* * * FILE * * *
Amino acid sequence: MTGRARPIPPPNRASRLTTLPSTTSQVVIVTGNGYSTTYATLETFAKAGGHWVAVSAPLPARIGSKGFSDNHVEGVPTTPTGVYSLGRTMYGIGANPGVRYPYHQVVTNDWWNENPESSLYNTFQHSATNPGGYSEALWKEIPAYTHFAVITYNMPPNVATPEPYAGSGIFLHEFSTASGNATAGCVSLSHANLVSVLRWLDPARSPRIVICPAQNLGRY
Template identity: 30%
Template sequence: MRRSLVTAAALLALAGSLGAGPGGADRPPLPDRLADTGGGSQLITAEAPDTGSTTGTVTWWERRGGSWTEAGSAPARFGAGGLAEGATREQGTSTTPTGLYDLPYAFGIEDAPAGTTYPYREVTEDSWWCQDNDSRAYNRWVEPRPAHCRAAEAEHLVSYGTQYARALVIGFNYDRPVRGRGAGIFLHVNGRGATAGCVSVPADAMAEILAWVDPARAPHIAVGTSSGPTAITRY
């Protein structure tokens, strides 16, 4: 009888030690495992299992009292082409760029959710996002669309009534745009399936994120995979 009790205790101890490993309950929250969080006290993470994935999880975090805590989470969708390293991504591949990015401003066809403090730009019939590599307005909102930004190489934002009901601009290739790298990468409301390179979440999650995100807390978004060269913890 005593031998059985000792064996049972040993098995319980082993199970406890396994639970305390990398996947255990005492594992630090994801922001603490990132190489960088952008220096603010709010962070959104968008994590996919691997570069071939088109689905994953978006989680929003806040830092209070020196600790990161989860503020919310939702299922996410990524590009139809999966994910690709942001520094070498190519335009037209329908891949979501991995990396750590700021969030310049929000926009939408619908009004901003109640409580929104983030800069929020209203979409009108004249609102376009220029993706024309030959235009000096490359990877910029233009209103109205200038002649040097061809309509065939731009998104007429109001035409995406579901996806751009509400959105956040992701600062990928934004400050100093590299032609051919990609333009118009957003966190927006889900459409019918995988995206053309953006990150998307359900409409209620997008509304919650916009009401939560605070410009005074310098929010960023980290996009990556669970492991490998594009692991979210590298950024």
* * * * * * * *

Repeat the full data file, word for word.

Amino acid sequence: MTGRARPIPPPNRASRLTTLPSTTSQVVIVTGNGYSTTYATLETFAKAGGHWVAVSAPLPARIGSKGFSDNHVEGVPTTPTGVYSLGRTMYGIGANPGVRYPYHQVVTNDWWNENPESSLYNTFQHSATNPGGYSEALWKEIPAYTHFAVITYNMPPNVATPEPYAGSGIFLHEFSTASGNATAGCVSLSHANLVSVLRWLDPARSPRIVICPAQNLGRY
Template identity: 30%
Template sequence: MRRSLVTAAALLALAGSLGAGPGGADRPPLPDRLADTGGGSQLITAEAPDTGSTTGTVTWWERRGGSWTEAGSAPARFGAGGLAEGATREQGTSTTPTGLYDLPYAFGIEDAPAGTTYPYREVTEDSWWCQDNDSRAYNRWVEPRPAHCRAAEAEHLVSYGTQYARALVIGFNYDRPVRGRGAGIFLHVNGRGATAGCVSVPADAMAEILAWVDPARAPHIAVGTSSGPTAITRY
């Protein structure tokens, strides 16, 4: 009888030690495992299992009292082409760029959710996002669309009534745009399936994120995979 009790205790101890490993309950929250969080006290993470994935999880975090805590989470969708390293991504591949990015401003066809403090730009019939590599307005909102930004190489934002009901601009290739790298990468409301390179979440999650995100807390978004060269913890 005593031998059985000792064996049972040993098995319980082993199970406890396994639970305390990398996947255990005492594992630090994801922001603490990132190489960088952008220096603010709010962070959104968008994590996919691997570069071939088109689905994953978006989680929003806040830092209070020196600790990161989860503020919310939702299922996410990524590009139809999966994910690709942001520094070498190519335009037209329908891949979501991995990396750590700021969030310049929000926009939408619908009004901003109640409580929104983030800069929020209203979409009108004249609102376009220029993706024309030959235009000096490359990877910029233009209103109205200038002649040097061809309509065939731009998104007429109001035409995406579901996806751009509400959105956040992701600062990928934004400050100093590299032609051919990609333009118009957003966190927006889900459409019918995988995206053309953006990150998307359900409409209620997008509304919650916009009401939560605070410009005074310098929010960023980290996009990556669970492991490998594009692991979210590298950024």